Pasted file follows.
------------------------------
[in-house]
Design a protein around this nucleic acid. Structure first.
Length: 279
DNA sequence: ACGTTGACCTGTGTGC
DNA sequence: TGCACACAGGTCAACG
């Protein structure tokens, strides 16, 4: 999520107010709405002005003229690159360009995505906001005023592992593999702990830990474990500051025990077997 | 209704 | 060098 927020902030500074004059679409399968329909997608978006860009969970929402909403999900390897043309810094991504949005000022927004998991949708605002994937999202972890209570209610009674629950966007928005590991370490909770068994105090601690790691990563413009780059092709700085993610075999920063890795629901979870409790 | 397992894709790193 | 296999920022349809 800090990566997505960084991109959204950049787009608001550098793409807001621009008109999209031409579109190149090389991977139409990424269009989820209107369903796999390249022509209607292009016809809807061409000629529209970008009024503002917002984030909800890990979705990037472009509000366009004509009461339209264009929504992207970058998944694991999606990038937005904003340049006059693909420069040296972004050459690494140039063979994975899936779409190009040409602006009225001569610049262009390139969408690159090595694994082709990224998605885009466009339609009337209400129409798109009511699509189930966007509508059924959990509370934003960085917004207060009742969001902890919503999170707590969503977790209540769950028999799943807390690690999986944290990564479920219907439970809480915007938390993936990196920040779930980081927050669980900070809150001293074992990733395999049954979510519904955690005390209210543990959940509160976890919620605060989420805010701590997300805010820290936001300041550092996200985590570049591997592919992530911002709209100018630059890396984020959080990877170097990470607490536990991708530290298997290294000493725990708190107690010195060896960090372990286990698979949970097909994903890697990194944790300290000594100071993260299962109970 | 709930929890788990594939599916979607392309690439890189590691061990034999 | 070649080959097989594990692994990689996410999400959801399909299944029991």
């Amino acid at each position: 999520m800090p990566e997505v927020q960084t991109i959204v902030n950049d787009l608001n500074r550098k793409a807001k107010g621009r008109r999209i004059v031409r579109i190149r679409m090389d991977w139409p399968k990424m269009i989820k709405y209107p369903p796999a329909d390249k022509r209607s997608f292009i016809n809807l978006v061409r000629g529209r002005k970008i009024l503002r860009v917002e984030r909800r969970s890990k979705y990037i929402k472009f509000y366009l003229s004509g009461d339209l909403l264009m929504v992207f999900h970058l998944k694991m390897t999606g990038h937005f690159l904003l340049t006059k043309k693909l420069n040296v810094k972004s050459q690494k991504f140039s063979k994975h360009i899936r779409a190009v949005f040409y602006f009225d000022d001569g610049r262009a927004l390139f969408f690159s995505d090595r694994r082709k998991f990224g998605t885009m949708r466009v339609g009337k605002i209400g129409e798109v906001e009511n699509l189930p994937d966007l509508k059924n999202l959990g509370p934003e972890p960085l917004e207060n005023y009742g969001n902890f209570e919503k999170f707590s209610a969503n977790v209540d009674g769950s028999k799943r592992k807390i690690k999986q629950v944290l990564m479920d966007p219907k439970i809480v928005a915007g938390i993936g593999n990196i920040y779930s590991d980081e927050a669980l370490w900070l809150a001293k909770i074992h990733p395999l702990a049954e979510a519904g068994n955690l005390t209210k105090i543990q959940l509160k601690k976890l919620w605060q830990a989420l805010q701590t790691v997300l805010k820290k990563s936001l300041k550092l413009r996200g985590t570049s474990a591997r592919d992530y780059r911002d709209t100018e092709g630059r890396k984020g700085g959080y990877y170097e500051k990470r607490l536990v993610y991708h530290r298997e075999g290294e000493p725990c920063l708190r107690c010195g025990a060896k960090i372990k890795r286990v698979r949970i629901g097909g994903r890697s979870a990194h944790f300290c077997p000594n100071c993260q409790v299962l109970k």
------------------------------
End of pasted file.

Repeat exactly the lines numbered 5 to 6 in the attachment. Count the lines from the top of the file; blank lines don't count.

DNA sequence: TGCACACAGGTCAACG
């Protein structure tokens, strides 16, 4: 999520107010709405002005003229690159360009995505906001005023592992593999702990830990474990500051025990077997 | 209704 | 060098 927020902030500074004059679409399968329909997608978006860009969970929402909403999900390897043309810094991504949005000022927004998991949708605002994937999202972890209570209610009674629950966007928005590991370490909770068994105090601690790691990563413009780059092709700085993610075999920063890795629901979870409790 | 397992894709790193 | 296999920022349809 800090990566997505960084991109959204950049787009608001550098793409807001621009008109999209031409579109190149090389991977139409990424269009989820209107369903796999390249022509209607292009016809809807061409000629529209970008009024503002917002984030909800890990979705990037472009509000366009004509009461339209264009929504992207970058998944694991999606990038937005904003340049006059693909420069040296972004050459690494140039063979994975899936779409190009040409602006009225001569610049262009390139969408690159090595694994082709990224998605885009466009339609009337209400129409798109009511699509189930966007509508059924959990509370934003960085917004207060009742969001902890919503999170707590969503977790209540769950028999799943807390690690999986944290990564479920219907439970809480915007938390993936990196920040779930980081927050669980900070809150001293074992990733395999049954979510519904955690005390209210543990959940509160976890919620605060989420805010701590997300805010820290936001300041550092996200985590570049591997592919992530911002709209100018630059890396984020959080990877170097990470607490536990991708530290298997290294000493725990708190107690010195060896960090372990286990698979949970097909994903890697990194944790300290000594100071993260299962109970 | 709930929890788990594939599916979607392309690439890189590691061990034999 | 070649080959097989594990692994990689996410999400959801399909299944029991």